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Addict Behav ; 112: 106576, 2021 01.
Artículo en Inglés | MEDLINE | ID: mdl-32768796


BACKGROUND: Tobacco use often begins or stabilizes in young adulthood. Approximately 90% of young adults use social media and over 80% own a smartphone. Retailers of electronic nicotine delivery systems (ENDS) have targeted smartphones and social media with adverting campaigns. Despite evidence of ENDS advertising on social media and smartphones, few studies have examined associations between exposure to vaping advertisements on smartphones, social media use, and ENDS use (i.e., vaping) among young adults. METHODS: College students aged 18-24 from a large public university (N = 1047) completed online surveys about vaping. The survey measured frequency of vaping advertisement exposure, smartphone use, social media use, and vaping behaviors. Hierarchical logistic regression assessed whether demographics, vaping advertisement exposure, smartphone use, and social media use predicted ever vaping compared to never vaping. RESULTS: The four most commonly used platforms (used "daily") were Snapchat (80.0%), Instagram (73.4%), YouTube (59.7%), and Facebook (54.3%). Use of Snapchat, Instagram, and Facebook were all significantly associated with higher rates of vaping advertisement exposure via smartphones. Exposure to vaping advertisements on smartphones was associated with ever vaping (AOR: 1.30, 95% CI = 1.05-1.60). Of the social media platforms examined, only Snapchat use frequency was associated with higher odds of ever vaping (AOR: 1.22, 95% CI = 1.10-1.36). CONCLUSIONS: Exposure to advertisements via smartphones and use of Snapchat were associated with higher rates of vaping for young adults. Social media and smartphone use should be further investigated for young adult impact.

PLoS One ; 15(10): e0240611, 2020.
Artículo en Inglés | MEDLINE | ID: mdl-33085686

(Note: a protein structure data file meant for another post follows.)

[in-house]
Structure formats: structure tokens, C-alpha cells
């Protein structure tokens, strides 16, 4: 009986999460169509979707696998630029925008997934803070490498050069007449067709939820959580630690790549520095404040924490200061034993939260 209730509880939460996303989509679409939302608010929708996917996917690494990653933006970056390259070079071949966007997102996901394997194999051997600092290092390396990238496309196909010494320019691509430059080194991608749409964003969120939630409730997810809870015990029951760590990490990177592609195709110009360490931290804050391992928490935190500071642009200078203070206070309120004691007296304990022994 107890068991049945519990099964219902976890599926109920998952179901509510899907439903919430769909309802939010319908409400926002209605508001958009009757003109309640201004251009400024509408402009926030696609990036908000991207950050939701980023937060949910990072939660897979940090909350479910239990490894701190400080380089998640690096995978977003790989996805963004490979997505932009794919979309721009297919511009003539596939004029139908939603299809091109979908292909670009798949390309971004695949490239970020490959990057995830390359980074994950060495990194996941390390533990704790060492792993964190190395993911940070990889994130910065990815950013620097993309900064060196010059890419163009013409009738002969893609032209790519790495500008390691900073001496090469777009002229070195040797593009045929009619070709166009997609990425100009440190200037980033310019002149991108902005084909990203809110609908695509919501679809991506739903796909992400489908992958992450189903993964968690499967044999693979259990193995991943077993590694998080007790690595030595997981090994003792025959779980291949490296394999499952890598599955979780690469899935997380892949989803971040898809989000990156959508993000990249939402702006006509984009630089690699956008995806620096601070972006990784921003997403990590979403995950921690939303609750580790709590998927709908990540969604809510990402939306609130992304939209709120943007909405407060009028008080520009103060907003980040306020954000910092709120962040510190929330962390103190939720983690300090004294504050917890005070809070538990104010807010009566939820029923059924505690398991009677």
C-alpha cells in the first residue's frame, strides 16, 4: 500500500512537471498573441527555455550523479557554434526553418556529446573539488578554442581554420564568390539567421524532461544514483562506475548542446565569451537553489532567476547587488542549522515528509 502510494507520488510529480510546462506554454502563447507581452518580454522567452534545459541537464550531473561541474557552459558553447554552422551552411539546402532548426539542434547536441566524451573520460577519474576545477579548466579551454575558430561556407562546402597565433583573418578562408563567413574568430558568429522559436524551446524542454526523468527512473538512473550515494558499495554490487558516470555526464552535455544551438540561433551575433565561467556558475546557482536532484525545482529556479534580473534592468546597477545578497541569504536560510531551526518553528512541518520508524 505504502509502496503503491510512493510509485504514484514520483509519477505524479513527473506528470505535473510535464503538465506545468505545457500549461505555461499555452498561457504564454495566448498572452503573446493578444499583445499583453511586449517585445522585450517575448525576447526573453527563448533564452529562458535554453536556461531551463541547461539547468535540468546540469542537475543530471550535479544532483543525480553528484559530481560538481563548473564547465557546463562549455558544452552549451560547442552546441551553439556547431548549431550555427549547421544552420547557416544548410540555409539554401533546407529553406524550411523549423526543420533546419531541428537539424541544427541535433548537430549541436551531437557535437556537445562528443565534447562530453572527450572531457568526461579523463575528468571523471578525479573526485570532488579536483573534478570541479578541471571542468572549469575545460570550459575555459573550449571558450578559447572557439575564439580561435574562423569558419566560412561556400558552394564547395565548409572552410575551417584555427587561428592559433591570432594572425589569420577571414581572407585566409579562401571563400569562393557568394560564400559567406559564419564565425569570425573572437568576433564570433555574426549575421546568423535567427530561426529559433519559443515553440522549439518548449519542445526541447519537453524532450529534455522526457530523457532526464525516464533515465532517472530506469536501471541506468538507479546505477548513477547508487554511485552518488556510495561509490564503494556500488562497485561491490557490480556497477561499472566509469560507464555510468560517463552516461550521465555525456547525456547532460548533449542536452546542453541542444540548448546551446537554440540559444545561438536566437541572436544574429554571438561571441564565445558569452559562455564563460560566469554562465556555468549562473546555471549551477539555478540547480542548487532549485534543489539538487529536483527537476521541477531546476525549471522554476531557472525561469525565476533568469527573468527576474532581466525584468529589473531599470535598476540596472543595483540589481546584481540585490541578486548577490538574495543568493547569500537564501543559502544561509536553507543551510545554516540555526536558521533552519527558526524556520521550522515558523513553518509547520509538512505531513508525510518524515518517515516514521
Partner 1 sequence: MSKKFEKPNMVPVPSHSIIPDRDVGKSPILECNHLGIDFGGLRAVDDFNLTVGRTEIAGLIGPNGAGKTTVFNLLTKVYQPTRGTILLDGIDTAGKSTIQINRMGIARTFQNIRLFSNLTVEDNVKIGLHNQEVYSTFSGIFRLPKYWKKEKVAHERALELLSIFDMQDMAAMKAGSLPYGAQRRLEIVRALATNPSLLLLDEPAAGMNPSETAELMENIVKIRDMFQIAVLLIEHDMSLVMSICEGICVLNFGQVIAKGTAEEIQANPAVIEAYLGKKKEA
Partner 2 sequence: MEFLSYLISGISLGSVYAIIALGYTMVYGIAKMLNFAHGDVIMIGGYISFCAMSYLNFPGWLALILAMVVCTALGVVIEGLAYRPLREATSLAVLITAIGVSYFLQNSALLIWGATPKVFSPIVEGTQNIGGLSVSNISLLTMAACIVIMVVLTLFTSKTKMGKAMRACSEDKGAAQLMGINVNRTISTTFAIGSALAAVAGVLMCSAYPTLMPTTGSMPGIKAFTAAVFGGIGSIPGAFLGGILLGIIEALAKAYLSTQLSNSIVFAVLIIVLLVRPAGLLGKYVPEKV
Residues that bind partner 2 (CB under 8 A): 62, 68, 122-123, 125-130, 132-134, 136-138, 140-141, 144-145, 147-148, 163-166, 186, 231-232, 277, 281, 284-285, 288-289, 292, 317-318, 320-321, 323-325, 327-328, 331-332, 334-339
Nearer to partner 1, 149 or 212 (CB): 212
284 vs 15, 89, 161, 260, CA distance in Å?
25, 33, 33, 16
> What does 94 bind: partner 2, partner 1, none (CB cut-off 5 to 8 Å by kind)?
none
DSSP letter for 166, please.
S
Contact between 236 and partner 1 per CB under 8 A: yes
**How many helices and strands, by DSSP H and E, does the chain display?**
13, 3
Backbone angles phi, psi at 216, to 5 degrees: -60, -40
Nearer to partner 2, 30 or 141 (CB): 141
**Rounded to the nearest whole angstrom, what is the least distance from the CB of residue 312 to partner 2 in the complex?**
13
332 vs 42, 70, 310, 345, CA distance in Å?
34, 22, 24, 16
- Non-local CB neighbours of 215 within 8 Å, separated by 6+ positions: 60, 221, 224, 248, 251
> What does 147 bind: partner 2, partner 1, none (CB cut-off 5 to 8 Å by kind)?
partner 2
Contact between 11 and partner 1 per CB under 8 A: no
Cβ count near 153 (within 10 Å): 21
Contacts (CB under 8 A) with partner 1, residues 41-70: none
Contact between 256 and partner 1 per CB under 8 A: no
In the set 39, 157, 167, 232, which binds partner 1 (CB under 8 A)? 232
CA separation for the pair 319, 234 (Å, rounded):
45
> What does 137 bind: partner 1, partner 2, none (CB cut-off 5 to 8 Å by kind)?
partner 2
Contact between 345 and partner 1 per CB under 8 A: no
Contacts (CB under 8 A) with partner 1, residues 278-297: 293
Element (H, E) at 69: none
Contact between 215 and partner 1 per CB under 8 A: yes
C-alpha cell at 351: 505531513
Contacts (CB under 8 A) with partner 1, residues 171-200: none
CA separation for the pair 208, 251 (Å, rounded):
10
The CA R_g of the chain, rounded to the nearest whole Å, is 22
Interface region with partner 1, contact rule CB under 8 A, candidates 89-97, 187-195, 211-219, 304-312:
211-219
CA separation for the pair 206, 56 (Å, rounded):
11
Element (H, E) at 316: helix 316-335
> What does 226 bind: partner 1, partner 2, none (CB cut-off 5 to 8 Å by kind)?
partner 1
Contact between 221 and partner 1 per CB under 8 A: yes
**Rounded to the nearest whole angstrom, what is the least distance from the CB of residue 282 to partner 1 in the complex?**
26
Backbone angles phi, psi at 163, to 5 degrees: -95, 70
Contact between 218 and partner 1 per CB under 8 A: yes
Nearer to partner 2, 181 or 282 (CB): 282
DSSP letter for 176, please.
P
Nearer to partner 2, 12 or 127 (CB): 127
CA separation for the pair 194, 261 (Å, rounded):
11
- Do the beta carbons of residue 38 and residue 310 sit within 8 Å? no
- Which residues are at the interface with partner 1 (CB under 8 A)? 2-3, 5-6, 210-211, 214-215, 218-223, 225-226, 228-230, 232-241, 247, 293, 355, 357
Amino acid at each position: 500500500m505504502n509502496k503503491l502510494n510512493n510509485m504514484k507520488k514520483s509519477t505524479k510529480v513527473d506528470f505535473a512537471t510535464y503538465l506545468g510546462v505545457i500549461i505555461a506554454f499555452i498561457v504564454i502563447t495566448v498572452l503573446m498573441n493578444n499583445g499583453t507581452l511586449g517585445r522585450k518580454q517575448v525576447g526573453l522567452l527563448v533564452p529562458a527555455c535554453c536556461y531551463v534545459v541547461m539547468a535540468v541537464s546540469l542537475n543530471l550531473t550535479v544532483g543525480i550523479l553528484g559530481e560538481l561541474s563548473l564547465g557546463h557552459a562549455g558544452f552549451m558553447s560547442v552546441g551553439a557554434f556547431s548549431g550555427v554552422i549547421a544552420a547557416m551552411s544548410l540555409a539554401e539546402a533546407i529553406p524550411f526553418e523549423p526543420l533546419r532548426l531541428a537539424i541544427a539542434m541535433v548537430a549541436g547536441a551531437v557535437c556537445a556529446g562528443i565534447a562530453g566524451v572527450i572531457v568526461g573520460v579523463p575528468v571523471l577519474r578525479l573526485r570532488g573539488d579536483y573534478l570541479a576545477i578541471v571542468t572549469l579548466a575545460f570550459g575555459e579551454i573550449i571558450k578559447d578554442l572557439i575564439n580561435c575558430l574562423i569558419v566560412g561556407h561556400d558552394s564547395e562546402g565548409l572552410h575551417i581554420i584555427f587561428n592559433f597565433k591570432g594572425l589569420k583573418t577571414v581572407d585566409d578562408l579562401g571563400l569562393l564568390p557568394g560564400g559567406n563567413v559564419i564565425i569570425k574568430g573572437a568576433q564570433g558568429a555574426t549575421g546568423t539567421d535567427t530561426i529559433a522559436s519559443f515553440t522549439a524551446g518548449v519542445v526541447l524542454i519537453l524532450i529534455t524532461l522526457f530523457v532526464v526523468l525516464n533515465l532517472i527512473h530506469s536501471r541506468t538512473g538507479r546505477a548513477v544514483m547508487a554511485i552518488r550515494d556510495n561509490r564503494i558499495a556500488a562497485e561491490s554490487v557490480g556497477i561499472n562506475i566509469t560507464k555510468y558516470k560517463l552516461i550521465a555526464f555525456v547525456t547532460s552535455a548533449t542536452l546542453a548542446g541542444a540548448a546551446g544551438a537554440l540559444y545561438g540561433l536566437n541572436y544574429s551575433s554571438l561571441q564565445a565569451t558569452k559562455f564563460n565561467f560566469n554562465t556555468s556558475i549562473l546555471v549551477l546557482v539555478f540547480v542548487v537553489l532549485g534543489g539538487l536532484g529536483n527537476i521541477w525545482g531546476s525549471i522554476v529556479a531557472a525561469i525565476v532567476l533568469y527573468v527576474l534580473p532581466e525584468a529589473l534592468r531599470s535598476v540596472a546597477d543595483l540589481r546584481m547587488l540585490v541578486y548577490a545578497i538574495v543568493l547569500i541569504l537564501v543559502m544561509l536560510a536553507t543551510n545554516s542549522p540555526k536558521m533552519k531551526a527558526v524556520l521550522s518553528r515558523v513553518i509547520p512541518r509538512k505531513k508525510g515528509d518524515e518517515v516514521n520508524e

There has been an upsurge of e-cigarette use in the United States in recent years. While e-cigarettes may contain lower levels of toxic chemicals than combusted cigarettes, they still pose serious health hazards, including increased risk for heart and respiratory disease. Despite these risks, public awareness of the health harms of e-cigarettes remains low. Thus, it is important to educate the public about the potential harms of e-cigarettes. This study took themes commonly found in antismoking messages and used them to develop messages about harms of e-cigarettes. A national sample of 2801 current smokers and nonsmokers (aged 18+ years) were randomized to view one of four e-cigarette messages (harmful effect of chemicals, uncertainty about ingredients, distrust of big tobacco, or cost of vaping) or a control message (bottled water ad). Participants' reactions to the messages and behavioral intentions were assessed immediately following the exposure. MANOVA examined effects of the messages on blocks of the outcome variables and univariate analyses estimated adjusted means for each experimental condition for each outcome. The message about harmful chemicals was perceived as the most informative and effective and elicited the highest levels of negative emotions (Ps<0.05). However, on measures of actual effectiveness, the other messages performed equally well. Specifically, messages with different themes (harmful chemicals, uncertainty about ingredients, anti-industry, or financial cost) increased perceived risk of e-cigarettes, support for e-cigarette control, and lowered self-exempting beliefs and intentions to use e-cigarettes (Ps<0.05). Themes commonly used in anti-smoking messages may be effective in educating the public about the potential harm of e-cigarettes. The observed differential effects of the messages suggest the need to use multiple themes in a public education campaign about e-cigarettes.